Back to the 10kHz input range. Since the in loop noise is getting worse with more gain, I look into the OLG TF of the loop. The UGF is around 3-10kHz, depending on the gain. TF looks ok at gain 3-5, the magnitude increases along with the gain. At gain 7, the TF starts to deviate at high frequency (it might be oscillating at high frequency).
The in loop noise should be suppressed with 1/(1+G) factor, but the results above do not tell the same story. The gain increases but the in loop noise gets worse. So the next step is to look deeper into this problem. I'll use SR650 instead of UPDH and check if the same problem occur or not. This should verify if the UPDH box is bad or not.
Note: I'll calculate what we need for ACAV loop, and check if LIGO homemade VCO will be good enough for ACAV loop or not.
These drawings are for RFPD's bases. The square plate will be made of Aluminum. It is for mounting RFPD on the table. The block is for RFPD legs which will be made from Delrin.
swap the RFPDs. The SN002 for RCAV was not working (see psl:803). So we use SN01 for RCAV and characterize it again.
1) dark noise in Vrms/ rt Hz
Dark noise is not particularly high. ~40 nV/rt Hz flat. In loop noise is only around 10 nV/rt Hz. It is about a factor of 2 above SR785 noise for the input range setup. When I measured the dark noise, I made sure that monitor screens in the lab were off, no cables connected to a scope to create any ground loop. So the measured signal this time does not have harmonic lines as much as the previous measurement does.
2) error signal slope : measured to be 34.4 kHz/V ( with 20dB attenuator on EOM. if I use 16dB attenuator, the calibration can be lower to 22 kHz/V). We will decide what should be the modulation index once we calculate the acceptable level of shot noise and compare with the gain we need.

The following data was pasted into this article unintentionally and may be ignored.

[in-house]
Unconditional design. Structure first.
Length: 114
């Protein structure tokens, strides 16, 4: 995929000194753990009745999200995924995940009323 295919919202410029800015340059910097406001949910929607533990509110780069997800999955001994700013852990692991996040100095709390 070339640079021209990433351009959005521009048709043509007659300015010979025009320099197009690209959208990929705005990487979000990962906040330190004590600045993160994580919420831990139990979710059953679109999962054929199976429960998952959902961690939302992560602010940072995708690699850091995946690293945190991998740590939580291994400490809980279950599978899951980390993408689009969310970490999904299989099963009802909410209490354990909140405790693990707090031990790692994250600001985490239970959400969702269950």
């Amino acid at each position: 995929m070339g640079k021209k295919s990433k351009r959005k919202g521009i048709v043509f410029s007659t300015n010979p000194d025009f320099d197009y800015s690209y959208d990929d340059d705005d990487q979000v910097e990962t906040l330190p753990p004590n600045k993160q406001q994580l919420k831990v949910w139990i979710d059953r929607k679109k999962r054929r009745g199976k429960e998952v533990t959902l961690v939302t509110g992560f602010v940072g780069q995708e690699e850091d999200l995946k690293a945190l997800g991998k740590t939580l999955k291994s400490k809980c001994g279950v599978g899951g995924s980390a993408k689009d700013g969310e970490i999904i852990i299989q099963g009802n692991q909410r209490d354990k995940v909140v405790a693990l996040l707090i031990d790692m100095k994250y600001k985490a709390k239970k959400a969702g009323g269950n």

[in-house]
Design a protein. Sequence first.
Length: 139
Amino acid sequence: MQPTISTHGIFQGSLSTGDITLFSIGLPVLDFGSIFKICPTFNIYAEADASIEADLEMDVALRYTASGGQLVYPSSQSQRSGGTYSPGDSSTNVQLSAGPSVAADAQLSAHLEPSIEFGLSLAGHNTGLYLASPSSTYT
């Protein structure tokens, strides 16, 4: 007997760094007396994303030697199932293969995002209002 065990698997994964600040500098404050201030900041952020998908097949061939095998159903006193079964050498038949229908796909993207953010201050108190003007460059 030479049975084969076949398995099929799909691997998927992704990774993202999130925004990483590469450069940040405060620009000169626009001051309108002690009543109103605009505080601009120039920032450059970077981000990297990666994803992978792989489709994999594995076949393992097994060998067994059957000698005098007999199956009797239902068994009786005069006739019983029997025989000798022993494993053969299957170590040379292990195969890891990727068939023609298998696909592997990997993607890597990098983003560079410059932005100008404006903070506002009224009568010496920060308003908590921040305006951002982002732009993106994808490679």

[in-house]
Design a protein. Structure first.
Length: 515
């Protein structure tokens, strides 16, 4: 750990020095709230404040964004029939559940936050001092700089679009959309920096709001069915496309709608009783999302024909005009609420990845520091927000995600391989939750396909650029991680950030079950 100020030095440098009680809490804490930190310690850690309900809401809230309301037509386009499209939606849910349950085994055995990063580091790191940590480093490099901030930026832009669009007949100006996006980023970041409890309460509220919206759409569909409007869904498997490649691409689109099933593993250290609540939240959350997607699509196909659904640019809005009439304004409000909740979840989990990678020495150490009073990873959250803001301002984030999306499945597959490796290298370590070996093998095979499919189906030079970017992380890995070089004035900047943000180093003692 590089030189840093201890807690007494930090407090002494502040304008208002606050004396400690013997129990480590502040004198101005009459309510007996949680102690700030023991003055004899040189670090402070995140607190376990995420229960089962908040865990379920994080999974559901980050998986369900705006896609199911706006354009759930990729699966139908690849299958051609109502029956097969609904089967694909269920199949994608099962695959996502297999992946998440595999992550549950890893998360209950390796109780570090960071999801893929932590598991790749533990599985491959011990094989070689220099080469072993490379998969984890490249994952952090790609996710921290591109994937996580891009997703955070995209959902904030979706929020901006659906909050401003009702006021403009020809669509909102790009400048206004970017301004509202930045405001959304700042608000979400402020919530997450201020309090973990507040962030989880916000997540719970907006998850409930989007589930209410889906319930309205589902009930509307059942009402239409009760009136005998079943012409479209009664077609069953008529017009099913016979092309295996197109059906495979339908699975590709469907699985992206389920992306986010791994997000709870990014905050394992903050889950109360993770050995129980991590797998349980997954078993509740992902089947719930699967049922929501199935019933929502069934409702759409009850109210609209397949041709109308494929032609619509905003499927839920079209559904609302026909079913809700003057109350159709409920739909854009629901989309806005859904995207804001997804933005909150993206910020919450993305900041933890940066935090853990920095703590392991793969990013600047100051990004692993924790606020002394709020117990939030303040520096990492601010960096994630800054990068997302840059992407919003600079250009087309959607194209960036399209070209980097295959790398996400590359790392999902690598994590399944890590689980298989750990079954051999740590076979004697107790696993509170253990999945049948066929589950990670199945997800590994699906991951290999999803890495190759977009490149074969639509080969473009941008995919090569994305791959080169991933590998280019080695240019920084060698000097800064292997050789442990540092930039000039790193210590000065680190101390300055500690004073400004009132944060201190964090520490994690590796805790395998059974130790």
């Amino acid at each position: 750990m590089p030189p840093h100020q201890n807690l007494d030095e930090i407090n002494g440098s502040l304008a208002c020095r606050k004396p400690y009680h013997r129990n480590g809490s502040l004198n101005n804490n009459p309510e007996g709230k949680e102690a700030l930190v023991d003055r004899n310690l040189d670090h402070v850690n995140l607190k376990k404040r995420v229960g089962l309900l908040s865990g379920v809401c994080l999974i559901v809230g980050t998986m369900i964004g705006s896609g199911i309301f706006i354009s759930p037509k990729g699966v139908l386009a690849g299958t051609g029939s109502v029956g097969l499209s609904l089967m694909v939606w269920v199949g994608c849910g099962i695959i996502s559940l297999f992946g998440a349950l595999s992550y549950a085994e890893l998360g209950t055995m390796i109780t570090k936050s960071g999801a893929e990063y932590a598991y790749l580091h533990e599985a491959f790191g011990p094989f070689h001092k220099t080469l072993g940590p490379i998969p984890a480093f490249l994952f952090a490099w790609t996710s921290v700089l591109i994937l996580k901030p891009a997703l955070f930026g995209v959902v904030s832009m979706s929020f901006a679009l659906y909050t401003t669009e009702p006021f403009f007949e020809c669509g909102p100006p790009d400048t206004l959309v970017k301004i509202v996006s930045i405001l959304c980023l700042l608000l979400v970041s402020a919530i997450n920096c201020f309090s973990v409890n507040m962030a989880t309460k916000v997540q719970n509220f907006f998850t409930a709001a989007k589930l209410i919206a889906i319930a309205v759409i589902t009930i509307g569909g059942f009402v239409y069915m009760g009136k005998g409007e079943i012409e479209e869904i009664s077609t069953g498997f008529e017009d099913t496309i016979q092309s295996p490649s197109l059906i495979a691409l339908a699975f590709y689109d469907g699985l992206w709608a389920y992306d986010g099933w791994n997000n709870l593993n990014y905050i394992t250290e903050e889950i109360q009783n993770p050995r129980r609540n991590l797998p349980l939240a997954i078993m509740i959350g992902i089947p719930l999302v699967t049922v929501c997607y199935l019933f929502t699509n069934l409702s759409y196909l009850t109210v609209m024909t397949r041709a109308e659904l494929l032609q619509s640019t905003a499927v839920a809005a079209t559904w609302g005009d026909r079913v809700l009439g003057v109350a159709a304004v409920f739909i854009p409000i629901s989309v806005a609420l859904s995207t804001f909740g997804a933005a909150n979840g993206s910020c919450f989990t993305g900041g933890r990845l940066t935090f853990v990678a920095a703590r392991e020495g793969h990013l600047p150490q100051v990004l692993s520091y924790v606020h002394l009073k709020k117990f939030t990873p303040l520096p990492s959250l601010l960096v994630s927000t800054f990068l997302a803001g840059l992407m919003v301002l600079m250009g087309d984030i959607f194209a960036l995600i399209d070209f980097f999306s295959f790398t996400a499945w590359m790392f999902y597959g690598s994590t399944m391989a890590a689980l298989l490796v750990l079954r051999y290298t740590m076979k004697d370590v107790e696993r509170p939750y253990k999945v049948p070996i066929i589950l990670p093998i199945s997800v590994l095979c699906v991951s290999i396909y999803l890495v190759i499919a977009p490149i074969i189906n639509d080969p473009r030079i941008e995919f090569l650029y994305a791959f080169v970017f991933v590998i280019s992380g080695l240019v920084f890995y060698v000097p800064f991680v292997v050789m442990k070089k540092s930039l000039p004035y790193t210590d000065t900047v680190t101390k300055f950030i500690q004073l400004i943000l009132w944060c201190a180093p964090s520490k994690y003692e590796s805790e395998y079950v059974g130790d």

Note that the numbers in psl:802 missed a factor of 2 (they should be twice as much).
3) absolute frequency noise from dark noise at error point and inloop noise: The gain setup for common/fast are 1000/750. It becomes unstable if I increase more fast gain.
The inloop noise lies below the estimated coating noise up to 100kHz. So if we can decrease any other technical noise sources, we should be able to reach coating noise level.
Next will be the complete OLG TF measurement.
just for reference which part is/was where for later...
Double checked the distance between the mirrors using the new periscope base Tara designed. Distance is 2.96in according to the 3D assembly, close enough to the 3" we want. CAD files are on the svn in the mechanical drawings folder.
Took me some time to figure out that the current RCAV RFPD (SN002) is broken, but not in a normal way. The functionality is still as it should be using standard measurements: RF-noise level is low, response is OK etc. , but some non-stationary noise process at RF frequencies happens from time to time, only visible in the demodulated spectrum. My guess is that the MAX4107 is about to die or close to be unstable and starts oscillating or so. Will check. ACAV PD (SN001) is fine.
Attached a movie of the demodulated noise spectrum. The "feature" does not show up on the oscilloscope. There you see only constant noise, no changes in amplitude or so. Only in the demodulated spectrum shows the effect, mostly visible between 10k and 100k. Rana, Koji: have you guys seen this before?
We need to characterize RCAV and ACAV loop, here is a list to do
Power adjustment: We now choose some appropriate and easier numbers of the setup for future reference.
The DC out from RCAV and ACAV RFPD are 2 V which correspond to ~ 1mW input.
The DC out from RFAM PD is 0.2 V which corresponds to 1mW input as well (this one has different R, hence different gain)
[add pic], and power to EOM is 0dBm. This will be our current standard setup.
RCAV loop characterization:
We use different RFPD, different TTFSS set, so this has to be done again.
The power to EOM is 0 dBm, 1mW input to RCAV:
The error signal slope:
ACAV 0.0149 MHz/V (I'm not sure why the error signal from ACAV is clipped,see below picture)
RCAV 0.0224 MHz/V
Dark noise level in Vrms/ rtHz
-> Dark noise level in absolute frequency:
It looks like the noise is low enough almost up to 1kHz. Yay!
The OLG transfer function as well as in loop noise, will be measured later once we optimize the gain.